Judge denies former Georgia DA’s bid to drop charges in Ahmaud Arbery case

A Georgia judge has refused to dismiss charges of misconduct against a former prosecutor who is accused of hampering the investigation into the murder of Ahmaud Arbery.

In a one-page ruling, Senior Judge John R. Turner announced his decision after former District Attorney Jackie Johnson filed a motion arguing the case against her lacks evidence and should be dismissed, according to The Associated Press.

The case against Johnson stems from Feb. 23, 2020, when three white men in pickup trucks chased and killed Arbery, a Black man.

Retired investigator Greg McMichael and his son, Travis McMichael, were joined by their neighbor William “Roddie” Bryan, as they chased Arbery, who was 25 years old at the time. Bryan filmed the chase, and it was the McMichaels who fired the shotgun blasts that left Arbery dead in the street.

A grand jury indicted Johnson in September 2021, alleging that she used her office to try to protect the McMichaels, including telling police officers on the day of the shooting that they should not arrest Travis McMichael.

She has been charged with a felony count of violating her oath of office and with a misdemeanor of hindering a law enforcement investigation.

Johnson pleaded not guilty and said she recused herself from the case against Arbery’s killers because one — Greg McMichael — was a former employee.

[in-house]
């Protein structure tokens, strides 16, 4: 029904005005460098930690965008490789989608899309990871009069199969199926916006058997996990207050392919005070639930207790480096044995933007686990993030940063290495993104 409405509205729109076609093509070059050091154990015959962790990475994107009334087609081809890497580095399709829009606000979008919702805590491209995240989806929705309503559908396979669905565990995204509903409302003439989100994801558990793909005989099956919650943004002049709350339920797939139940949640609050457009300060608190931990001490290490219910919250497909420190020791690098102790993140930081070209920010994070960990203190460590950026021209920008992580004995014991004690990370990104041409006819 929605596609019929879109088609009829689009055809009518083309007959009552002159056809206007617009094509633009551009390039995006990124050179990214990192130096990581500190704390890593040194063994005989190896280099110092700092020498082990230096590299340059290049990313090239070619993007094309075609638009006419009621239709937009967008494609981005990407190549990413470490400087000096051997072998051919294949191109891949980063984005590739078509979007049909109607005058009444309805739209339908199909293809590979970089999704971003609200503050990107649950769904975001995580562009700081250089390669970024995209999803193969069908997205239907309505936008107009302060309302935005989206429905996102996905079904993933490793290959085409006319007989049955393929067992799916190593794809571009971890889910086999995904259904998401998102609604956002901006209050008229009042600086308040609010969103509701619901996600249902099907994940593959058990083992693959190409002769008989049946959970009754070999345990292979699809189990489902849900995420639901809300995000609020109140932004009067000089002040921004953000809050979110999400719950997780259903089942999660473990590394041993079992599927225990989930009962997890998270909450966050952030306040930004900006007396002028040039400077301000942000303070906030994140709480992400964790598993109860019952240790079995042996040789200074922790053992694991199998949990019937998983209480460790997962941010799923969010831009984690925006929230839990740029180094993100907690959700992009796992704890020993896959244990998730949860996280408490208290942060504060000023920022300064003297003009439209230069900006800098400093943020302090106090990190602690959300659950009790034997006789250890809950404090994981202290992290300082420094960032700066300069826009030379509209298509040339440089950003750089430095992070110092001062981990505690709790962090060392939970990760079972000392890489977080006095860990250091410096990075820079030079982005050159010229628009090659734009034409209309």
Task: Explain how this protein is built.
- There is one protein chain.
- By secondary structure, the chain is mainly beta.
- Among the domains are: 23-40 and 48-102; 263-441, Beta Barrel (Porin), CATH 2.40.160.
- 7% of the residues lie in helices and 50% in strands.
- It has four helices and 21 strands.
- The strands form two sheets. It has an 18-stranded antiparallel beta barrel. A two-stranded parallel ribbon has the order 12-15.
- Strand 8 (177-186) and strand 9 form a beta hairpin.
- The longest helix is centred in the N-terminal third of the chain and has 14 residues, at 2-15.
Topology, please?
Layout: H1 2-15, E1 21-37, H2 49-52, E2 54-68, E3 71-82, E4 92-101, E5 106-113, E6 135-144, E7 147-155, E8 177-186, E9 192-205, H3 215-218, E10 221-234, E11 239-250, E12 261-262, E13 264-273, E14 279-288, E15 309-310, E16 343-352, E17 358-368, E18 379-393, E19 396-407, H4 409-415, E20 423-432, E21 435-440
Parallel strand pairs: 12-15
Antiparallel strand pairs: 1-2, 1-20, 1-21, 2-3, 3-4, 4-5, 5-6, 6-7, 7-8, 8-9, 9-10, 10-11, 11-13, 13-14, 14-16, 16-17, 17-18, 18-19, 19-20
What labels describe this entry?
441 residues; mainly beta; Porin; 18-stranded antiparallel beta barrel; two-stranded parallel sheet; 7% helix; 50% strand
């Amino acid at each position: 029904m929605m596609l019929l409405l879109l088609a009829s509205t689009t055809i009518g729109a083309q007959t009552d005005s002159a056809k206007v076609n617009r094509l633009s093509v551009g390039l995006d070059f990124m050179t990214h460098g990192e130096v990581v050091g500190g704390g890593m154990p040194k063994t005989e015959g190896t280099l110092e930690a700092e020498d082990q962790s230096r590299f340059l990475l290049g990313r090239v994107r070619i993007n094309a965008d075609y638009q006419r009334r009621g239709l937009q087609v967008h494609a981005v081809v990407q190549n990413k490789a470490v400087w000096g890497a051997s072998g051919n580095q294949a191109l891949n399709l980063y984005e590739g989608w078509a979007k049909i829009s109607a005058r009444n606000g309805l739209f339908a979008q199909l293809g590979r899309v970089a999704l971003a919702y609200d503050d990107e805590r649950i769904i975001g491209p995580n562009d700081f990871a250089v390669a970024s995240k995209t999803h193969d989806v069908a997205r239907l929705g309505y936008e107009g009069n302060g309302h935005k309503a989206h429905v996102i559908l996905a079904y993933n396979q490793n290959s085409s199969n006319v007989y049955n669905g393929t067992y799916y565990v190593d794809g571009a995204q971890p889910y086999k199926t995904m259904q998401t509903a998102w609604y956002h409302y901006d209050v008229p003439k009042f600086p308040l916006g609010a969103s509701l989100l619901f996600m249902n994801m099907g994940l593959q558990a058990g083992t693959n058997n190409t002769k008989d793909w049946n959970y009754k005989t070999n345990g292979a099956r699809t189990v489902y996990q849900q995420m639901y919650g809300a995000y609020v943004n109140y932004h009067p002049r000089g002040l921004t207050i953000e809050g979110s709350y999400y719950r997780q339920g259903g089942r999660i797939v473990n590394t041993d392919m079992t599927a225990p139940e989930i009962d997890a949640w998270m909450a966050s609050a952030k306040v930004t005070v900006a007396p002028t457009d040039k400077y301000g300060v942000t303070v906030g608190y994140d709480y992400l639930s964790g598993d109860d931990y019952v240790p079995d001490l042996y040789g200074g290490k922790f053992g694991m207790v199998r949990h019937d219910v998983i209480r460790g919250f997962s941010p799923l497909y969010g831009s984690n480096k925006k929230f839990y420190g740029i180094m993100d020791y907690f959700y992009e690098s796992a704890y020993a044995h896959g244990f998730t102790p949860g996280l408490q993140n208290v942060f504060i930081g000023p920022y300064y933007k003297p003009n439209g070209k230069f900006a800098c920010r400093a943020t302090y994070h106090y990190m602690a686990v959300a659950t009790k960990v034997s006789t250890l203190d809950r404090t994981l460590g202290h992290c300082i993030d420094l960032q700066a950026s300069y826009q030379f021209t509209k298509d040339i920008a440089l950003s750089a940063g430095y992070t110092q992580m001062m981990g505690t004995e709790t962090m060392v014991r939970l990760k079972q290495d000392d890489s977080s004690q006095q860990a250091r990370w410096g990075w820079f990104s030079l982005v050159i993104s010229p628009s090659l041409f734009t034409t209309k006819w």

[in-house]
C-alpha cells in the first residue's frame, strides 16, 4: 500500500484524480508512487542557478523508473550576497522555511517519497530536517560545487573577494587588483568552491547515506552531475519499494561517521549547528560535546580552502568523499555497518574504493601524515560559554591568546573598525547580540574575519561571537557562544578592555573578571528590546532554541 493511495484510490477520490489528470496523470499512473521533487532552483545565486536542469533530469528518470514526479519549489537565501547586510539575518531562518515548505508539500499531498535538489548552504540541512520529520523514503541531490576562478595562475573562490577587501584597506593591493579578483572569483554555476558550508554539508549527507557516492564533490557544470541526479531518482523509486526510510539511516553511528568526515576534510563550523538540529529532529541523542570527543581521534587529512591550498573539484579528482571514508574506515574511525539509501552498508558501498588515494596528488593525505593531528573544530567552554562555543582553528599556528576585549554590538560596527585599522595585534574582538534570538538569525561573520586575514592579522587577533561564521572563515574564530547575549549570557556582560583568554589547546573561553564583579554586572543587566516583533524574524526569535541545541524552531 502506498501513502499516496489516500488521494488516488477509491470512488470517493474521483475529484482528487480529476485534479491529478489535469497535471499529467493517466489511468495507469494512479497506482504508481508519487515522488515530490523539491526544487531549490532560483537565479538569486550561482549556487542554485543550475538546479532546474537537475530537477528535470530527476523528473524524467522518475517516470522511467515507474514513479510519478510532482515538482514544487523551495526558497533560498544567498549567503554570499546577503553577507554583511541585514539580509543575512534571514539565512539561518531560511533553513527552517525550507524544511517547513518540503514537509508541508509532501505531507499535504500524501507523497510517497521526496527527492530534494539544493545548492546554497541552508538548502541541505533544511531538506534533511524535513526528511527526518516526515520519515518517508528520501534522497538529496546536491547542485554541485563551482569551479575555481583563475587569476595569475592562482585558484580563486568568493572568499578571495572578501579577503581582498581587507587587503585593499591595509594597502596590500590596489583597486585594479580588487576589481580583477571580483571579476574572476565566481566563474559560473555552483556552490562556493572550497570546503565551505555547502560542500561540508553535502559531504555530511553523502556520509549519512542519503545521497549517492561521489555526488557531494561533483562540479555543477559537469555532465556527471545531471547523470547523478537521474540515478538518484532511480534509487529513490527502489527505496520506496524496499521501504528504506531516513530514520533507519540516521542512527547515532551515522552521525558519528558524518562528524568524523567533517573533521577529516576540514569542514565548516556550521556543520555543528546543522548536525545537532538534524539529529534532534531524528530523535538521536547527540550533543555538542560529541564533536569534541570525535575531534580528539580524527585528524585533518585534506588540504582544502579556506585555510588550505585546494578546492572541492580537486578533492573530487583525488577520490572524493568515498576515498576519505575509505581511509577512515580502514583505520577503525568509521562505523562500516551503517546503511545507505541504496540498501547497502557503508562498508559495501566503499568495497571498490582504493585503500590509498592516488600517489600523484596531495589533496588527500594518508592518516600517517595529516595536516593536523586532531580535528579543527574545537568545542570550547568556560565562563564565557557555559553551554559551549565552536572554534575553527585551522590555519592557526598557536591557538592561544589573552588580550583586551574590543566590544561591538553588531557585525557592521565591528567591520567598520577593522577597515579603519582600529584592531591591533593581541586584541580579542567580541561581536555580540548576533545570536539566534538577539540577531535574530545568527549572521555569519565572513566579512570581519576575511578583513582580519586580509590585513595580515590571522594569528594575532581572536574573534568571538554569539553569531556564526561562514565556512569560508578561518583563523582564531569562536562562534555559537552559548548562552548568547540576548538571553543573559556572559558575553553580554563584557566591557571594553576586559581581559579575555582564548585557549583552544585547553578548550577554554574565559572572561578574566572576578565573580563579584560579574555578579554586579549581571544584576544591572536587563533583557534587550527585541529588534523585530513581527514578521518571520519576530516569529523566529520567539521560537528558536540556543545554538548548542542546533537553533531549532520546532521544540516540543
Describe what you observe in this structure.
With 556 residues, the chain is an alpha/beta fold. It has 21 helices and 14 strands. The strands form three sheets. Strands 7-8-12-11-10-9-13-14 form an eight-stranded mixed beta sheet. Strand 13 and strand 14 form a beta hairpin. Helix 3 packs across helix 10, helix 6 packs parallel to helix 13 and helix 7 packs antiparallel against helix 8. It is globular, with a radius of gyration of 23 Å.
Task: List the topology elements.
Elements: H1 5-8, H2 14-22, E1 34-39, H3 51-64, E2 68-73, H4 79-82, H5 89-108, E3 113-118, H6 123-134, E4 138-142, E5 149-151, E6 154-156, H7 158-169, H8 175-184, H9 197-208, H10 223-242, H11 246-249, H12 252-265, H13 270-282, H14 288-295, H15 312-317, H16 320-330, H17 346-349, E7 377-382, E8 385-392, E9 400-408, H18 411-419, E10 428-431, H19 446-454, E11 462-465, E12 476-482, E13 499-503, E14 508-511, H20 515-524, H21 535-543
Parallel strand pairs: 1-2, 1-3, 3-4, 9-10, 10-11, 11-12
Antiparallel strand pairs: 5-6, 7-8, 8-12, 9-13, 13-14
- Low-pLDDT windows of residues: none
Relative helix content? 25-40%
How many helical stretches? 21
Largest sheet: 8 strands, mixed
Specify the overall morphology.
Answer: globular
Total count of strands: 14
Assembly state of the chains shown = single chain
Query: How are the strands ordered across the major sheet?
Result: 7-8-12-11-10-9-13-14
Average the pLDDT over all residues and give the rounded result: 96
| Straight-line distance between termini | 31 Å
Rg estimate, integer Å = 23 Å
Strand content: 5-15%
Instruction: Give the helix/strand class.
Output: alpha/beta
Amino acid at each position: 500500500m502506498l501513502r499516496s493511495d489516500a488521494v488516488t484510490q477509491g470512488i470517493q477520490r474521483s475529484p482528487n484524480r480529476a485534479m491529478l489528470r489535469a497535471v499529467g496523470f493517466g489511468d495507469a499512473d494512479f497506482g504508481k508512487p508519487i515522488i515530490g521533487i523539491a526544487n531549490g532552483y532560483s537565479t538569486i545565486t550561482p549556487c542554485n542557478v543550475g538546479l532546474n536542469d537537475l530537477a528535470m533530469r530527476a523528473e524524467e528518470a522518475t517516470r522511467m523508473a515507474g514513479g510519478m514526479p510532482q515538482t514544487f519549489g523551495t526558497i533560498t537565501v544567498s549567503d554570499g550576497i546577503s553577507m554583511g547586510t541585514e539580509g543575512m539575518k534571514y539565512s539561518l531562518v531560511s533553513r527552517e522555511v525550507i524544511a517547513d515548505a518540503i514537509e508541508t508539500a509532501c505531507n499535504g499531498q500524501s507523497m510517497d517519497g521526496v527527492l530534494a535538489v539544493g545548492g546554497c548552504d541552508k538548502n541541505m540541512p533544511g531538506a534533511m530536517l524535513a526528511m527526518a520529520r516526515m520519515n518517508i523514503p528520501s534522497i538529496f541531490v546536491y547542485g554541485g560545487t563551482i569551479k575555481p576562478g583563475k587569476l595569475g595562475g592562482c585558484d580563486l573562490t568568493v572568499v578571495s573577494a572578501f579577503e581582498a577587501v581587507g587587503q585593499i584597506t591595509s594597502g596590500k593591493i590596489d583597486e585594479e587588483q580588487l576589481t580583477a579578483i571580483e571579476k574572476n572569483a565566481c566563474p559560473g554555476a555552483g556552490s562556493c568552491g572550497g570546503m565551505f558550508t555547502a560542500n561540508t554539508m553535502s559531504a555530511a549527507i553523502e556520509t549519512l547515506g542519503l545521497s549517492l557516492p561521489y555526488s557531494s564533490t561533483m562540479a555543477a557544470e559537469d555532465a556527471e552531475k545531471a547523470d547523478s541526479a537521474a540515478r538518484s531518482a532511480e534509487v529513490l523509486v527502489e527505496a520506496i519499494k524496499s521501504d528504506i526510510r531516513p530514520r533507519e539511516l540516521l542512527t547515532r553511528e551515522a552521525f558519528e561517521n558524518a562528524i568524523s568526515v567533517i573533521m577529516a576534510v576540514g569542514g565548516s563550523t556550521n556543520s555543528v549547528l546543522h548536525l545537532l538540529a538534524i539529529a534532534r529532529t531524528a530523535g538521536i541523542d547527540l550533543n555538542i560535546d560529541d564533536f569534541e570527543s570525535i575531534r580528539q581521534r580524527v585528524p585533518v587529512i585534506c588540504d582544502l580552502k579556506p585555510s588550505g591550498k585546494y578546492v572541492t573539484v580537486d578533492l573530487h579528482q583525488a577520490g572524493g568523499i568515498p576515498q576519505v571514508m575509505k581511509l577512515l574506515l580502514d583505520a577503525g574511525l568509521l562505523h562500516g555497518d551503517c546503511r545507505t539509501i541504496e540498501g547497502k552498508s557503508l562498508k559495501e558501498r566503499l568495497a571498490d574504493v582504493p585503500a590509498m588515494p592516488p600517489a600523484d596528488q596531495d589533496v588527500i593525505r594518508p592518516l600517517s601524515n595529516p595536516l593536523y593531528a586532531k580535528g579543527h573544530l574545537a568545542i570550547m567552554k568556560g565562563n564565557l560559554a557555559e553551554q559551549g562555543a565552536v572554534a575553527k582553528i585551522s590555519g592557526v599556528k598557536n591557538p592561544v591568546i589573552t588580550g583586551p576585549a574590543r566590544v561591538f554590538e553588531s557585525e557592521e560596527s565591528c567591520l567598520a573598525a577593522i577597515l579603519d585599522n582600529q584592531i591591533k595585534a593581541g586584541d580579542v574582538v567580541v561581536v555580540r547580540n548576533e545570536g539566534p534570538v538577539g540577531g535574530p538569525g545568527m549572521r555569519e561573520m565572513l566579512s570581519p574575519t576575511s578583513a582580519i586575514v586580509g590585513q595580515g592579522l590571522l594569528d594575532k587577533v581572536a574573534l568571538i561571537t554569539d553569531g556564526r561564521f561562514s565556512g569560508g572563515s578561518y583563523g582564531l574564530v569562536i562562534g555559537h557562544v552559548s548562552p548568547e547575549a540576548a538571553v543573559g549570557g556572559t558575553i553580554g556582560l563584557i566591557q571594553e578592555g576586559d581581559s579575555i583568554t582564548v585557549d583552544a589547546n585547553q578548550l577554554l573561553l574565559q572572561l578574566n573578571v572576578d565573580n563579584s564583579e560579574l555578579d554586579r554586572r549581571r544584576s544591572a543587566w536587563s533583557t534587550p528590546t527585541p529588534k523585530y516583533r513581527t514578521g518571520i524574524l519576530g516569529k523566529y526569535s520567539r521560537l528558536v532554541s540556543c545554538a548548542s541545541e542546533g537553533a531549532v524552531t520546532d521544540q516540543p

She is being prosecuted by Georgia Attorney General Chris Carr’s office, but her defense filed a motion in March 2022 to dismiss the case. Her attorneys argued there was “not a scintilla of evidence” to support the charge of hindering police, according to the AP.

But prosecutors in May 2022 shared a list of 16 calls, including one that was longer than 20 minutes, between phones belonging to Johnson and Greg McMichael in the days and weeks following the shooting.

Johnson had been voted out of office before her indictment, and the McMichaels and Bryan were found guilty of murder in Glynn County Superior Court. All three were sentenced to life in prison.

In February last year, all three were also convicted of federal hate crimes by a U.S. District Court jury. In August, the McMichaels both received an additional life sentence, and Bryan got an additional 35 years in prison.

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